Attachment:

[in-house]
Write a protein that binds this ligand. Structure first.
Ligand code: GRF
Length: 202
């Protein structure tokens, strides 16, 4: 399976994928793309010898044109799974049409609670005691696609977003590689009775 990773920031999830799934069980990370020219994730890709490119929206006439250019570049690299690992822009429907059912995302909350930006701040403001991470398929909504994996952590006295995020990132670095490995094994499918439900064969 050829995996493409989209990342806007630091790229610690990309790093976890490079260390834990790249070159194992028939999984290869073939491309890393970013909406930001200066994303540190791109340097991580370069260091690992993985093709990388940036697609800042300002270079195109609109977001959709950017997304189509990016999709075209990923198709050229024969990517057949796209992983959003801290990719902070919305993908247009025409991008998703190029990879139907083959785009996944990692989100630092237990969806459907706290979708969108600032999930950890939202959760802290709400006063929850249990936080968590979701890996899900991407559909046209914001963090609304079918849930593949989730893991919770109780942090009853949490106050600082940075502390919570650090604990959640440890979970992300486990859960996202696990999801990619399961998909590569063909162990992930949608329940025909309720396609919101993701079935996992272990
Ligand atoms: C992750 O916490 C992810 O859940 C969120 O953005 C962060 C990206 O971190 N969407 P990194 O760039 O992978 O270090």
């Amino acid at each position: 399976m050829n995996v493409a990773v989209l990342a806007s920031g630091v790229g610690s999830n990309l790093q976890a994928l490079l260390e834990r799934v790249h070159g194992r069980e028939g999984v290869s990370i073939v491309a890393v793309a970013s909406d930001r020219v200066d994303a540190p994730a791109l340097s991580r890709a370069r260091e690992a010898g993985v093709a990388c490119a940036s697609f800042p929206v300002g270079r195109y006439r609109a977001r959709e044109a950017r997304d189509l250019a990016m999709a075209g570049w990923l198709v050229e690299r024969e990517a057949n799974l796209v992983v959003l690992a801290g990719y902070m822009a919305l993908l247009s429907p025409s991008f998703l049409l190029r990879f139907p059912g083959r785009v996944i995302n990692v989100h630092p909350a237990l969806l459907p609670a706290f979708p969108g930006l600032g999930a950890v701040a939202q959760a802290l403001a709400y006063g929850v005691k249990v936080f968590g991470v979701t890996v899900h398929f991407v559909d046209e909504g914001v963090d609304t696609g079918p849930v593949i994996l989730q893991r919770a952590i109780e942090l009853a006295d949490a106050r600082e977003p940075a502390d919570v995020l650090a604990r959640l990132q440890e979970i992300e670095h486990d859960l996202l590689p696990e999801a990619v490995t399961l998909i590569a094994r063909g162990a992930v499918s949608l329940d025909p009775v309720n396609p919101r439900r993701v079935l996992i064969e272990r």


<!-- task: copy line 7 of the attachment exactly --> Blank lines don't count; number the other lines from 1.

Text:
């Amino acid at each position: 399976m050829n995996v493409a990773v989209l990342a806007s920031g630091v790229g610690s999830n990309l790093q976890a994928l490079l260390e834990r799934v790249h070159g194992r069980e028939g999984v290869s990370i073939v491309a890393v793309a970013s909406d930001r020219v200066d994303a540190p994730a791109l340097s991580r890709a370069r260091e690992a010898g993985v093709a990388c490119a940036s697609f800042p929206v300002g270079r195109y006439r609109a977001r959709e044109a950017r997304d189509l250019a990016m999709a075209g570049w990923l198709v050229e690299r024969e990517a057949n799974l796209v992983v959003l690992a801290g990719y902070m822009a919305l993908l247009s429907p025409s991008f998703l049409l190029r990879f139907p059912g083959r785009v996944i995302n990692v989100h630092p909350a237990l969806l459907p609670a706290f979708p969108g930006l600032g999930a950890v701040a939202q959760a802290l403001a709400y006063g929850v005691k249990v936080f968590g991470v979701t890996v899900h398929f991407v559909d046209e909504g914001v963090d609304t696609g079918p849930v593949i994996l989730q893991r919770a952590i109780e942090l009853a006295d949490a106050r600082e977003p940075a502390d919570v995020l650090a604990r959640l990132q440890e979970i992300e670095h486990d859960l996202l590689p696990e999801a990619v490995t399961l998909i590569a094994r063909g162990a992930v499918s949608l329940d025909p009775v309720n396609p919101r439900r993701v079935l996992i064969e272990r």